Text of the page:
By the late 1970s Trellick Tower was a scene of crime and anti-social behaviour, and many tenants were very reluctant to move in. On one occasion vandals set off a fire extinguisher on the 12th floor, with water from the sprinkler system flooding the lifts and leaving the tower without electricity, heat or running water over the Christmas period. A pensioner was forced to use the stairs after all the lifts were out of order, and subsequently collapsed and died. On the 15th floor, a 27-year-old woman was dragged from one of the lifts and raped. The tower became nicknamed "The Tower of Terror" and residents attempted to be re-housed.[1] The GLC spent more than £300,000 on an intercom system and wholesale electrical repairs, but reliability and management problems made them counterproductive.[1]

In 1982 a man was killed after jumping off the top of Trellick Tower when his parachute failed to open. He was a member of a group of dangerous sports enthusiasts who were interested in BASE jumping. The action was condemned by the British Parachute Association.[18]


One of Trellick Tower's interior corridors

With the introduction of the "right to buy" council homes, several of the flats were bought by their tenants.[11] On 8 October 1984 a new residents' association was formed. As a result of pressure from the occupants, several security improvements including a door entry intercom system were installed,[10] and a concierge was hired in 1987.[19] In 1994 residents in the tower, along with other residents in Kensington & Chelsea council properties, elected to self-manage the properties, in order to avoid increased rents and the threat of eviction.[20]

Four low-power television relay transmitters with aerials were added to the communications equipment on top of the lift tower in December 1989, to solve reception problems for some residents of adjacent districts, including Notting Hill and Westbourne Grove. The transmitter installation is referred to by the BBC and Ofcom as "Kensal Town".[21]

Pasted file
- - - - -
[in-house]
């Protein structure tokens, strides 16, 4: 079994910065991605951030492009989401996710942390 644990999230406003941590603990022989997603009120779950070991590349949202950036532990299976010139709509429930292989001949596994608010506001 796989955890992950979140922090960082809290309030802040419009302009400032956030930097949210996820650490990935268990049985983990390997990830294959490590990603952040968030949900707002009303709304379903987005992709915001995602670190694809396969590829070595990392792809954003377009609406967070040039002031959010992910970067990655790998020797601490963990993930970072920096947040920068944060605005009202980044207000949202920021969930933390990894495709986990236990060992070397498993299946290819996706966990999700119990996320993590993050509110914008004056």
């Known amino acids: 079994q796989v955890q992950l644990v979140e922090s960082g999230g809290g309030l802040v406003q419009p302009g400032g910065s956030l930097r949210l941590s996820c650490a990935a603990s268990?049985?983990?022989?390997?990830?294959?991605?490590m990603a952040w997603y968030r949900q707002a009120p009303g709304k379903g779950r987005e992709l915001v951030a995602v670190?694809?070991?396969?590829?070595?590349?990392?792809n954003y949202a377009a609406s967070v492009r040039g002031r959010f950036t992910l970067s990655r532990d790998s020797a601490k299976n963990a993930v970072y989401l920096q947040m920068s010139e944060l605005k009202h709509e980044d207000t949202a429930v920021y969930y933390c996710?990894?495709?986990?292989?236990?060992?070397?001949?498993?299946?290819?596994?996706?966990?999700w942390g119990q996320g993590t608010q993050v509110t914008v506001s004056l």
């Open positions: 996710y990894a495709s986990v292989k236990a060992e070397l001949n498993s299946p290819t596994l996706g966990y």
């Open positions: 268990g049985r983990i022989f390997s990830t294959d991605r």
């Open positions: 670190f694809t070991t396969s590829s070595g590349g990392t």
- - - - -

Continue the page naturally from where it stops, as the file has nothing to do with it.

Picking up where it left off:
In 1991, Sand Helsel, Professor of Architecture at RMIT, made a BBC documentary praising Trellick Tower, which helped to change public opinion in its favour.[22] The tower subsequently became more respectable owing to its location in Notting Hill and the gentrification of Golborne Road.[23] Property prices rose and flats in the tower came to be regarded as highly desirable residences; requests to sell flats began to be posted on the tower's communal noticeboard. By 1999 a flat in the tower could sell for £150,000 (£328,000 as of 2023).[1] In 2013 a three-bedroom end apartment (with views on three sides) was let for £2,600 pcm.[24] The tower itself is a local landmark and was awarded a Grade II* listing in 1998, which included the main building and the adjacent row of shops and amenities. Also included is a doctor's surgery with the original shop front and layout.[9] Most of the flats are still social housing, but a significant minority are now privately owned.[19]

On 19 April 2017 the top floors of the tower caught fire, believed to have been started by a discarded cigarette. There were no injuries.[25] The building's listed status meant that the concrete facade could not be covered over, which is thought to have prevented a far worse fire similar to Grenfell Tower which happened a few months later.[26]

Redevelopment plans[edit]